Friday, September 6, 2013

Community Gardening-A new Chapter

In June, my family learned that we would be moving from Meridian, ID to Corvallis, OR.  This move is a blessing to our family in many ways, however, though I greeted the news with great joy two drawbacks quickly made themselves apparent to me.  The first would be leaving a wonderful community full of family and friends who have supported us in a variety of ways.  The second was that I would be forced to leave the community garden that I had created behind just as I could see it reaching all of the goals and dreams that I had for it.

The past couple of months have been spent moving house and settling into our new lives.  We are now living in an apartment and I am once again without a patch of ground to sink my fingers into.  Because we arrived in July it does not seem practical to have a plot this year. Instead I have been visiting a variety of local gardens trying to decide where I would like to apply for a plot of my own.  Corvallis is rich in community gardens and I am eagerly applying for a internship through the Corvallis Environmental Center.

I am particularly interested in an internship in which I would work with the Farm to School Program!  This fantastic program works to bring locally grown produce into our children's schools.  The internship position would put me in direct contact with area growers and allow me to learn more about the growing community here in Corvallis.

I am eager to continue sharing my experiences with community gardening with you.  I will do an overview of the gardens here in Corvallis and give you an update on the Meridian Cooperative Garden at Kliener Park in future posts!

Thursday, May 16, 2013

The Weeds are Toast!

This years group of community gardeners at the Meridian Community Garden are a force to be reckoned with!  In just two hours they managed to sheet mulch with black plastic nearly half an acre after measuring and attaching drip irrigation line.  This improvement to our garden will save us so many man hours.  We will no longer have never ending hours of weeding by hand.  Our soil will warm up a little quicker in the Spring and this mulch will help us conserve water.

This group took on this project with gusto!  Truthfully we had no idea what we were doing.  Members Youtubed the project, tried out different methods  and assigned tasks like a seasoned team.  The thin plastic is layered over drip irrigation tubing and then the edges are held in place with soil.  We left a few walking paths through the garden for ease of harvesting and because we needed a place to steal dirt from.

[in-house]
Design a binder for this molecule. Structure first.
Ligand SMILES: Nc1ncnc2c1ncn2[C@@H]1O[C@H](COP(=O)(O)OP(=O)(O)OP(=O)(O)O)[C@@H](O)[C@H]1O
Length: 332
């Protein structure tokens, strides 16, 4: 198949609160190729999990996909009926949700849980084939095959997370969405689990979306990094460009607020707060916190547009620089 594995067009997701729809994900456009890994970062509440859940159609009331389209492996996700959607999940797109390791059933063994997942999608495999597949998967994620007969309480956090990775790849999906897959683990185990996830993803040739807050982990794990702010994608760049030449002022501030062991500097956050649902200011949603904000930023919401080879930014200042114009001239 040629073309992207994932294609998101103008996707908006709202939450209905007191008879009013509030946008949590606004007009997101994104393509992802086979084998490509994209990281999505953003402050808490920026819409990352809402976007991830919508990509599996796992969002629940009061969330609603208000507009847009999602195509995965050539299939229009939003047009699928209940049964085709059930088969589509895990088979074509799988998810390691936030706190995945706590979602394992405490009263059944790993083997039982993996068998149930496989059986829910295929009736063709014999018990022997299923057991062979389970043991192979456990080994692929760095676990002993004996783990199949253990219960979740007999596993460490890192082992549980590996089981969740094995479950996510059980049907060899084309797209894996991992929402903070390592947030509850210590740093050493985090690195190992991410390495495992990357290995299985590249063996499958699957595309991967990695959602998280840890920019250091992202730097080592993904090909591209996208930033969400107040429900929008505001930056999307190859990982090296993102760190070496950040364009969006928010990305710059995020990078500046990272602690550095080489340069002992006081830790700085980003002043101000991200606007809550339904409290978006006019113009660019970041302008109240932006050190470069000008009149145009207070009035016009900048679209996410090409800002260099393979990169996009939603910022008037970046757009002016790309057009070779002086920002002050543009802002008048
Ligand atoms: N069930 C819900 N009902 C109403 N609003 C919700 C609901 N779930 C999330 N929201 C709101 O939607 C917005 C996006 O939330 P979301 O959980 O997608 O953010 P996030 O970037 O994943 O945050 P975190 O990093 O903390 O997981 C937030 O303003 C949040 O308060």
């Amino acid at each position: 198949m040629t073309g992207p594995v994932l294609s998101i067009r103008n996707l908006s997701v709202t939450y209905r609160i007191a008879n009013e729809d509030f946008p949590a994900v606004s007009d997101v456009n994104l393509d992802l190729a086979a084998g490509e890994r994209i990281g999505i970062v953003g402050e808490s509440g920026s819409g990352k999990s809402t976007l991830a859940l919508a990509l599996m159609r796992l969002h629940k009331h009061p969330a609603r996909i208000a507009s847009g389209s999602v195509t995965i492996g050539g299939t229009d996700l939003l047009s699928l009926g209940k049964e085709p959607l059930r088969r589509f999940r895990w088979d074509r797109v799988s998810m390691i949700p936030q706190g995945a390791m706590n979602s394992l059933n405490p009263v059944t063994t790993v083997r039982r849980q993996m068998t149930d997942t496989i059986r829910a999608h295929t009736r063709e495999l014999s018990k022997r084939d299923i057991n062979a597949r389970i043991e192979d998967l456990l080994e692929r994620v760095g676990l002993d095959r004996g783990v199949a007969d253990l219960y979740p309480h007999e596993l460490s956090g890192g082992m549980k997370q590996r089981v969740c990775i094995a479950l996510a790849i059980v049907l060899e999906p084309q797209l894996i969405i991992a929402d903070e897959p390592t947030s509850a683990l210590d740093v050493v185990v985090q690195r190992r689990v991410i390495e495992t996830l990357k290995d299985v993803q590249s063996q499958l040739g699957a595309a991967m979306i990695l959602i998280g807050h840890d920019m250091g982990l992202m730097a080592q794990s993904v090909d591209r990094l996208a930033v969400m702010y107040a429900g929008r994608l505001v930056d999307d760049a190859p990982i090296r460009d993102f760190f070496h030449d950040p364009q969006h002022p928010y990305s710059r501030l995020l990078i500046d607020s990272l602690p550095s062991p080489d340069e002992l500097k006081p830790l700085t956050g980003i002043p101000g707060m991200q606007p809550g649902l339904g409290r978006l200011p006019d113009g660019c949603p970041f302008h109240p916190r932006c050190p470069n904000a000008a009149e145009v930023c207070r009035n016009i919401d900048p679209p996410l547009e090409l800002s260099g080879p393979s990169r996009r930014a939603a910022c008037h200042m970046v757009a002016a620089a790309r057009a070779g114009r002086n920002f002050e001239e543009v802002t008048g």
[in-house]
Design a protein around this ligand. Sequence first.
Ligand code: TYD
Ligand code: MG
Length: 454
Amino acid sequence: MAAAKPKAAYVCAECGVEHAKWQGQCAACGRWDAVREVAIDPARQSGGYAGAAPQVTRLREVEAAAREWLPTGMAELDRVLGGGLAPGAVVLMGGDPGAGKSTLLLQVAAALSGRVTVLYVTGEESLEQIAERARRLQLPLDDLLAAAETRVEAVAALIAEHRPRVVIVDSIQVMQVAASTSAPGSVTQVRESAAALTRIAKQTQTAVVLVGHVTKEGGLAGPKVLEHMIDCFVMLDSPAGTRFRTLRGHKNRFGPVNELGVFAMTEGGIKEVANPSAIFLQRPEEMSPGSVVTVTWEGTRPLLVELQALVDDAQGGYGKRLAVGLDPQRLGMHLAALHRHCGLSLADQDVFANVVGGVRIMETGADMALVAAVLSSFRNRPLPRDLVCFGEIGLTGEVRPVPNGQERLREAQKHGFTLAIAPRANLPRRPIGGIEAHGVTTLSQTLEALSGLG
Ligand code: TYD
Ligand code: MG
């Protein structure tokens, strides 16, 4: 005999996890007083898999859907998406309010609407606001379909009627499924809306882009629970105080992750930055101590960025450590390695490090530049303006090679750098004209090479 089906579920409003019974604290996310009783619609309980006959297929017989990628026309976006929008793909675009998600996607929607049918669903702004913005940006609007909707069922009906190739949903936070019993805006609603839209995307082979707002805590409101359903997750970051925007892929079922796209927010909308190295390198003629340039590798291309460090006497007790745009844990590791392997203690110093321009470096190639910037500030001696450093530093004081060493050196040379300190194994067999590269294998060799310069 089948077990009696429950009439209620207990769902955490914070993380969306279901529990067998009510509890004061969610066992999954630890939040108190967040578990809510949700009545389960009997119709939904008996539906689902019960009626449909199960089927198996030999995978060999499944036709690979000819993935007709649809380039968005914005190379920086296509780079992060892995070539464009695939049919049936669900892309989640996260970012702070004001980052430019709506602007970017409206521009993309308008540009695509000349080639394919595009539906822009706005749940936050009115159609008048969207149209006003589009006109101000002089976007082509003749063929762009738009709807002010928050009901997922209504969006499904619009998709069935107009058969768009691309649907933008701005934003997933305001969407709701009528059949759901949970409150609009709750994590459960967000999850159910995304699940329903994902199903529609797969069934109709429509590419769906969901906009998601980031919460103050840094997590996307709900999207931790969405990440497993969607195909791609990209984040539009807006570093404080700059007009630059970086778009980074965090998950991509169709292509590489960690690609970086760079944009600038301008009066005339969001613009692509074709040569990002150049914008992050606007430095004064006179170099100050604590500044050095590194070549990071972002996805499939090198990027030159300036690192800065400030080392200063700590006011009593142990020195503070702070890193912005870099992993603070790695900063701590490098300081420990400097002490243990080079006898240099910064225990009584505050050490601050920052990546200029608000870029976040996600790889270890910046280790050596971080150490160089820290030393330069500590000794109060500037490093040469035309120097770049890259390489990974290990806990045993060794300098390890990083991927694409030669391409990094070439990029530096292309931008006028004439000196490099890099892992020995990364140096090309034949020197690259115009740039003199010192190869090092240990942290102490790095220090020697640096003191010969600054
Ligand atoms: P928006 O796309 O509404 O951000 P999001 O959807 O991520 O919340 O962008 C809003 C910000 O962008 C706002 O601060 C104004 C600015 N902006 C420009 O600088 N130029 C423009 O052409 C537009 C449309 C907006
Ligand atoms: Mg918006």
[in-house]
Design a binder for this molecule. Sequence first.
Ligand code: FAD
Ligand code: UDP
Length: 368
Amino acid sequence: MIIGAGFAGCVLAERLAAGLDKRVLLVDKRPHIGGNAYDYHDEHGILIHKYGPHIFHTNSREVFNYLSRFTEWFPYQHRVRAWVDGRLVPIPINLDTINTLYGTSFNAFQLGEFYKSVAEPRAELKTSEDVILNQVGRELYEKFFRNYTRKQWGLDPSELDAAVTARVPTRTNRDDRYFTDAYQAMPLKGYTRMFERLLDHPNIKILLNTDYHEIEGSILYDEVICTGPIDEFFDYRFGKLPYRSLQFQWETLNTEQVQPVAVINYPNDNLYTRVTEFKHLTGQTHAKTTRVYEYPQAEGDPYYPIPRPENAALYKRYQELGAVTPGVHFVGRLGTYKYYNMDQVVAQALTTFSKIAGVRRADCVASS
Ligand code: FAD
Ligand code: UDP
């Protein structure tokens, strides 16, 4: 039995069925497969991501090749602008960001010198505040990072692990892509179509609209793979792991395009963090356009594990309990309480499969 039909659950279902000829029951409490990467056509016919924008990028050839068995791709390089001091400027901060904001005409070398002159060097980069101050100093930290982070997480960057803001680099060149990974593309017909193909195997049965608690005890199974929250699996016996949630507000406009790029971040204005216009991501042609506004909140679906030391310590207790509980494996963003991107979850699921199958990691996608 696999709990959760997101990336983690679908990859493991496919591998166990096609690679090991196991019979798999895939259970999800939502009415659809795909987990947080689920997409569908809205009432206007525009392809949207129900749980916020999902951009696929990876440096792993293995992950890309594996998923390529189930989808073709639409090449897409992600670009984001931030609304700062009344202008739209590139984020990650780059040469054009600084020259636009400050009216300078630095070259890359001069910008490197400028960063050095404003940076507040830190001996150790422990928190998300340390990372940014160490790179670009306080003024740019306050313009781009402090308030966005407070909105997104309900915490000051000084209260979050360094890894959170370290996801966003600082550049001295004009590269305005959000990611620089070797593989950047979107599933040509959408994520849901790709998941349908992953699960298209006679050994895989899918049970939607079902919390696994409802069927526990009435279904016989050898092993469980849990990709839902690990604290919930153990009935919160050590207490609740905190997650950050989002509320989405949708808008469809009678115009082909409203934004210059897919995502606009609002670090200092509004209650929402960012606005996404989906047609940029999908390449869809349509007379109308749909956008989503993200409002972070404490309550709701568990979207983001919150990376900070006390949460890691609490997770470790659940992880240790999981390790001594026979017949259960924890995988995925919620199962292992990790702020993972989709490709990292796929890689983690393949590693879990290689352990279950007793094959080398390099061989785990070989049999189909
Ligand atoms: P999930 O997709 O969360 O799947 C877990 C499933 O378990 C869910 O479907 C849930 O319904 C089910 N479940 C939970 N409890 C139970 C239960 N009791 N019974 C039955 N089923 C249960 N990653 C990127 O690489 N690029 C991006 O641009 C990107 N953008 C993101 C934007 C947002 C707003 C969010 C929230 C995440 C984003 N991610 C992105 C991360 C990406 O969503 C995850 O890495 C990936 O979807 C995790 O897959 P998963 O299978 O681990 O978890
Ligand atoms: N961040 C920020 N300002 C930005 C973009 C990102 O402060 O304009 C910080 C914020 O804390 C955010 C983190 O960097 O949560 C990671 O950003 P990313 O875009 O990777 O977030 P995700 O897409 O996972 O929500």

The plastic had to be cut to length from an enormous and very heavy roll.  Having nothing to hang the roll from we rolled it up and down a little access road.  Then the cut sheet had to be carried into the garden and laid straight.

Some of us really got into our work!  At this point the team is on a roll!  We lay four rows down and then skip a row.  There are over 60 rows in this garden and the team finished the project in two hours!  They are AMAZING!!!

As you can see everyone got involved.  The very young were eager to try out the shovels and helped roll the big roll of plastic.  Our main body of gardeners are in the 30 to 50 year range but we have many gardeners both younger and older than that.

I took a number of small groups on a tour of the area that we planted a month ago.  I encouraged everyone to taste what we were growing.  A clear favorite was giant red mustard- one of the crops I choose despite it rating very low on my survey.  The kids got a kick out of pulling and tasting the radishes and they were very eager to try the Asian Greens, Spinach, Lettuce, Kale, and Lambs Quarters.

I love that I can include my children and the other members children in this garden experience.  I have a fantastic time answering their questions and showing them what to do in the garden.  The enthusiasm of our members and their families makes me feel very blessed.  I am so glad I began this journey five years ago and that I pursued it to this point.  Our garden is a fantastic success and we look forward to a bountiful year.

Wednesday, May 8, 2013

Found Object Project

You will need a few basic items to create a container garden from a found object.  These are what I used for this project.
A cordless drill
Left over latex paint
Weed cloth
Box cutter
Potting Soil
Depending on what your object is you may decide to use a cheap plastic pot as an insert.

 First I will admit that this "found object" did not require a great deal of imagination to turn into a planter box for my patio.  However, the simple steps I used to turn it into a miniature garden could be used for a variety of found objects.  The most important step is also the first.  Be sure to provide drainage for your new planter.  Unless you want to grow a bog garden this is essential to the health of your plants.  Because my container was made of wood, I simply used a drill bit to provide the drainage holes.

Second because I wanted to pretty it up I painted the box with latex paint and lined it with weed cloth.  The holes where small but I prefer to keep as much of my potting mix in my container and not running all over the table top where this will live.  A bit more decorating with some acrylic paint to add lettering and my container was ready for soil.

 The girls helped me fill the box with soil.  We used a rather cheap potting soil for two reasons. This container will be emptied every year and the herbs we will be growing will not mind poor soil.  We planted the box with lemon balm, peppermint, kale, Swiss chard, green onions, cilantro, and some red romaine lettuce seed.  This will likely get crowded...but we are happy to eat anyone who runs out of room!  I will poke a few nasturtium seeds in to add some color and we will call it done.
I will post pictures in a few weeks to show how this has grown....but for me this is the perfect kind of project...most of the plants were started from seed and cost us pennies.  Many were volunteers in the garden, so we can say that this project cost us under $10 after buying the potting soil!  Not bad for a pretty little garden.

Monday, May 6, 2013

Gathering Media Attention for Your Community Garden

I love answering the door when opportunity knocks!  For the last week or so I have been working on a story for a local publication about my journey creating a community garden.  The article takes a look at what drove me to create the garden, the challenges that we faced (once I had found other gardeners), and where we hope to take the garden in the future.  I was honored to be asked and even more excited when I learned it was to be a cover story for the magazine.  My story quickly became 1700 words when only 1550 were needed- but I figure that is what editing is for!  I need to gather some photographs for the article and then I will wait anxiously until July when it will be published.